Throughout the conversion process, it’s been a simple matter of learning and immersion, practice and study, then along came Hebrew. Reading, writing, and speaking Hebrew is a package deal and something that is a part of the process of learning… in my honest opinion, the hardest part. Hebrew isn’t inherently difficult, but so many of the letters of the alephbet look alike and so many of the vowel symbols have rules and subsets of rules to their uses.
I’m legally blind, which I’m sure adds to the complication, but even then, I’m getting it and can read a lot of Hebrew words. I’m about fifty percent through the workbook in our intro to Judaism course, and my best advice, stick with it, you can do it if I can do it.
Don’t let this dissuade you, Hebrew is semi-difficult in the world of languages, I speak five languages and by far Latin dominates in the difficulty of those I’ve learned. Hebrew has a lot of resources online and offline to help in learning, I have several books, Youtube has several excellent channels, Udemy has courses with native speakers, so there are a lot of resources out there. Plus during the conversion process, you’ll have the help of your sponsoring rabbi and those running the intro to Judaism course as well.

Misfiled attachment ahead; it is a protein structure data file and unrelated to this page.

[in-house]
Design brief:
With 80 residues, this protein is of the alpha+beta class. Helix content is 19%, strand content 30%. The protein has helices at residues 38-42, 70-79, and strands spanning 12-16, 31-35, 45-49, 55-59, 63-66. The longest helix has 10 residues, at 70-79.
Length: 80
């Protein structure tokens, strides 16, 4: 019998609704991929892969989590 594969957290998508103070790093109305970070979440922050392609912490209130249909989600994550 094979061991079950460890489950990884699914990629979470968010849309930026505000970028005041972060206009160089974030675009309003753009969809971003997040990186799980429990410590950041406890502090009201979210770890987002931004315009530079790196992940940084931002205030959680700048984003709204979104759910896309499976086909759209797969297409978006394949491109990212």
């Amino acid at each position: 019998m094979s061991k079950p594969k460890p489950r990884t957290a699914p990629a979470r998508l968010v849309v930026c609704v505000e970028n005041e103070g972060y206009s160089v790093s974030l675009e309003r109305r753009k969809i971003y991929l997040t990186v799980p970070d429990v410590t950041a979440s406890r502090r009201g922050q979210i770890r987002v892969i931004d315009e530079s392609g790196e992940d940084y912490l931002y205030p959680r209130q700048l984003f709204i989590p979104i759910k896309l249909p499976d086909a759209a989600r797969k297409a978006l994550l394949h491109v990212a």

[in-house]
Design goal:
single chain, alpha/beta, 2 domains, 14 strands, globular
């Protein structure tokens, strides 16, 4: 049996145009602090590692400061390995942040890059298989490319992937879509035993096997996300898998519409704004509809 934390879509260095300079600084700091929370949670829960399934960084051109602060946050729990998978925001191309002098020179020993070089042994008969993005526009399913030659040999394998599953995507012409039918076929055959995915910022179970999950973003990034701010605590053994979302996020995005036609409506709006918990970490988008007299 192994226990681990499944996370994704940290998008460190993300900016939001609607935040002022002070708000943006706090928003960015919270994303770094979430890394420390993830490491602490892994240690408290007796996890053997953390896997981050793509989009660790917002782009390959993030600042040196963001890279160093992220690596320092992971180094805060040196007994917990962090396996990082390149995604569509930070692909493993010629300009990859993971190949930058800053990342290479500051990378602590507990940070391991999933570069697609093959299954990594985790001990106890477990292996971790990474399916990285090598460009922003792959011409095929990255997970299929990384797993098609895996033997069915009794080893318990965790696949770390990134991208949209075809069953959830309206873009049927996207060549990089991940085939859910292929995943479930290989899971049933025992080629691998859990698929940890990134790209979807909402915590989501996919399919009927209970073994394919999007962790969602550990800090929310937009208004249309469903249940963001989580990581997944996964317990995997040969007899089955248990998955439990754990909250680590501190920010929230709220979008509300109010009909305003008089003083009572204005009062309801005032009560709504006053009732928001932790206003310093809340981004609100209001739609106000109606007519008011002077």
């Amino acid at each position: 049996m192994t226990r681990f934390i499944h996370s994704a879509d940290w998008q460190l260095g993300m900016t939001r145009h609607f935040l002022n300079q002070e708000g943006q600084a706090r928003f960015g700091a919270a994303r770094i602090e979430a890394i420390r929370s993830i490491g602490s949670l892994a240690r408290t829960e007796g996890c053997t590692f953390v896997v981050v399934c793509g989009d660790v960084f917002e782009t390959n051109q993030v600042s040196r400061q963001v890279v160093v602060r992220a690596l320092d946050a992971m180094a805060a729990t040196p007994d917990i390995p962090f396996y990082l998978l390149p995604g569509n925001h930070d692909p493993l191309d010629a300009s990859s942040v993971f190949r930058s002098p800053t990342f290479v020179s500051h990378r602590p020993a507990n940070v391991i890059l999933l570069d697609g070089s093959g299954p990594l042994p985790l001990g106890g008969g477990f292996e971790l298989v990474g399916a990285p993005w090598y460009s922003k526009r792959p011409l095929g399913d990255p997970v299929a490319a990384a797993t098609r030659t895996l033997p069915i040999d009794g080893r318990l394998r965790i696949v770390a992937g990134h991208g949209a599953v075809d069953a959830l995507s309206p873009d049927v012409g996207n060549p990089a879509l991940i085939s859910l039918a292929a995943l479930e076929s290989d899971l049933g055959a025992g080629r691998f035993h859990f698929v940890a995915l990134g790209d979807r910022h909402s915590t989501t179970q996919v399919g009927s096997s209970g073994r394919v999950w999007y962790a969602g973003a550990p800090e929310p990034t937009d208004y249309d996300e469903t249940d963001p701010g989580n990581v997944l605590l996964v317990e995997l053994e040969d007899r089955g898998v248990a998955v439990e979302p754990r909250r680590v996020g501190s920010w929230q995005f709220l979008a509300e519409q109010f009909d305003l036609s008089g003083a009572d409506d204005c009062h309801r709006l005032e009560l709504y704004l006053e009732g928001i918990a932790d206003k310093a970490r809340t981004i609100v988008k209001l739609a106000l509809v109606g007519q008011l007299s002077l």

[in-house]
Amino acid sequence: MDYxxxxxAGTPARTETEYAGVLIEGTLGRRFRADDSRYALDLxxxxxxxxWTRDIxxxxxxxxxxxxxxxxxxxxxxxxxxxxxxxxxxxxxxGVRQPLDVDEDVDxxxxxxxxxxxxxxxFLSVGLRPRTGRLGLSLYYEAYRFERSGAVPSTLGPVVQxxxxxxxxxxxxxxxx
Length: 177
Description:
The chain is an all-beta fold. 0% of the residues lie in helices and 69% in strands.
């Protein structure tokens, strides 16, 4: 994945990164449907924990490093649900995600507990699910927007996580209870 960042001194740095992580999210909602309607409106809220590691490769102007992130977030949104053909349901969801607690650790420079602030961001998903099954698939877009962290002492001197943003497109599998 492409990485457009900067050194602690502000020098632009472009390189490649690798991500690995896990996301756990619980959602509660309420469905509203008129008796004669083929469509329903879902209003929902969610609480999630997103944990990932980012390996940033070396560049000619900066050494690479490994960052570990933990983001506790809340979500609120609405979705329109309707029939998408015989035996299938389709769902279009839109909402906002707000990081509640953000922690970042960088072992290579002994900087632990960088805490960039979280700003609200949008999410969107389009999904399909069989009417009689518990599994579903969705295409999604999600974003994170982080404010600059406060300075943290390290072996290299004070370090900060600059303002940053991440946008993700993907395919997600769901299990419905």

I know it can seem like a daunting task but remember you’re not just joining a religion, you’re joining the Jewish people themselves, and Hebrew is their language. Use every available resource out there, you’ll pick it up in no time, just put in the work and stay consistent in your studies. Having a partner to practice with also helps tremendously, as you can correct one another when you make mistakes and help each other to grow.
It’s an amazing feeling when you know the words to the prayers you say in their native Hebrew, and then notice that you can read them as well. You not only gain a feeling of accomplishment in recognizing words from the prayers written in Hebrew, but you also begin forming a closer connection with other Jews past and present. This is a huge boost to one’s confidence when in the conversion process (take it from me on that), bringing a true feeling of being one of the tribe of Eretz-Yisrael.